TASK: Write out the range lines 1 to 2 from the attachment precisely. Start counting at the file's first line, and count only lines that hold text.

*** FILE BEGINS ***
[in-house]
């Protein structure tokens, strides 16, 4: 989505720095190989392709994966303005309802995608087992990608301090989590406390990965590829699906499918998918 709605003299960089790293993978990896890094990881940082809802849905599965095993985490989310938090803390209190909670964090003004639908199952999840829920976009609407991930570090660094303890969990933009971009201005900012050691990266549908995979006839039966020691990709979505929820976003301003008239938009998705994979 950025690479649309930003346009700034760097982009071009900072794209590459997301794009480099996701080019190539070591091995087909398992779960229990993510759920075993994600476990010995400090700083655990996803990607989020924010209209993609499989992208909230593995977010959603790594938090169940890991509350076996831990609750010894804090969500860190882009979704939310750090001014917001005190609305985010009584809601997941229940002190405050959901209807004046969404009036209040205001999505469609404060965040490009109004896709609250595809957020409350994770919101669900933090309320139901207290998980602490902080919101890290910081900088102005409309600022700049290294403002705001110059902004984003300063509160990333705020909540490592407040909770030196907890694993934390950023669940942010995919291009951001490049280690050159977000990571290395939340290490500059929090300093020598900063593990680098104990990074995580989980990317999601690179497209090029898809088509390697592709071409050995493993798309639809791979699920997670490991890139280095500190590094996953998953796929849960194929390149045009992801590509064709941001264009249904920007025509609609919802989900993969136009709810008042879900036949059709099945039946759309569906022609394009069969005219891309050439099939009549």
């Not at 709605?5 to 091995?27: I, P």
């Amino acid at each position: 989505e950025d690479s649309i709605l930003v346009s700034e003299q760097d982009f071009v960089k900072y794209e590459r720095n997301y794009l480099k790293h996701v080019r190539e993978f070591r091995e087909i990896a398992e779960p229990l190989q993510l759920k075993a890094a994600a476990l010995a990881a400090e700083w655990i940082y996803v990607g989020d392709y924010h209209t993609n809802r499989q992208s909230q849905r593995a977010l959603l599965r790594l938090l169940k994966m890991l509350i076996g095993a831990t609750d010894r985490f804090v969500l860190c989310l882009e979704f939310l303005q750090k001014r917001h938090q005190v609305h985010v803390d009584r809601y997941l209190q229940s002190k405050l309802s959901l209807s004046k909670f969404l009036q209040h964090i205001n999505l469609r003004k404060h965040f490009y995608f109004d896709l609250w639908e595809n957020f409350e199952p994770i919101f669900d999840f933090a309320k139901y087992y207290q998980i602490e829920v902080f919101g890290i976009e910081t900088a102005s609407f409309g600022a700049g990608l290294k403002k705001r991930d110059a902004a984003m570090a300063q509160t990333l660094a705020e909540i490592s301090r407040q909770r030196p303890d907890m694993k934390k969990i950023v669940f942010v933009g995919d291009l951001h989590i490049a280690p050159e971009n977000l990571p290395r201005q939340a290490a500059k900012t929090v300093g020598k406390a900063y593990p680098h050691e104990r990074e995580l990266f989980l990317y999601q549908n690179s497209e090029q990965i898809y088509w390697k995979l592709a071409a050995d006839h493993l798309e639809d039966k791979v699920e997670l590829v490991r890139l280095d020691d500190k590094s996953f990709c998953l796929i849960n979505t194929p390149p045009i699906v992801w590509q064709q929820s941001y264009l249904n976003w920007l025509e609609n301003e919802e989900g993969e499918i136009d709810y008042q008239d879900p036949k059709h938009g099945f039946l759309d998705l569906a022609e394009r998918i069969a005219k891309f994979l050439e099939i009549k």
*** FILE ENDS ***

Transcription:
[in-house]
């Protein structure tokens, strides 16, 4: 989505720095190989392709994966303005309802995608087992990608301090989590406390990965590829699906499918998918 709605003299960089790293993978990896890094990881940082809802849905599965095993985490989310938090803390209190909670964090003004639908199952999840829920976009609407991930570090660094303890969990933009971009201005900012050691990266549908995979006839039966020691990709979505929820976003301003008239938009998705994979 950025690479649309930003346009700034760097982009071009900072794209590459997301794009480099996701080019190539070591091995087909398992779960229990993510759920075993994600476990010995400090700083655990996803990607989020924010209209993609499989992208909230593995977010959603790594938090169940890991509350076996831990609750010894804090969500860190882009979704939310750090001014917001005190609305985010009584809601997941229940002190405050959901209807004046969404009036209040205001999505469609404060965040490009109004896709609250595809957020409350994770919101669900933090309320139901207290998980602490902080919101890290910081900088102005409309600022700049290294403002705001110059902004984003300063509160990333705020909540490592407040909770030196907890694993934390950023669940942010995919291009951001490049280690050159977000990571290395939340290490500059929090300093020598900063593990680098104990990074995580989980990317999601690179497209090029898809088509390697592709071409050995493993798309639809791979699920997670490991890139280095500190590094996953998953796929849960194929390149045009992801590509064709941001264009249904920007025509609609919802989900993969136009709810008042879900036949059709099945039946759309569906022609394009069969005219891309050439099939009549």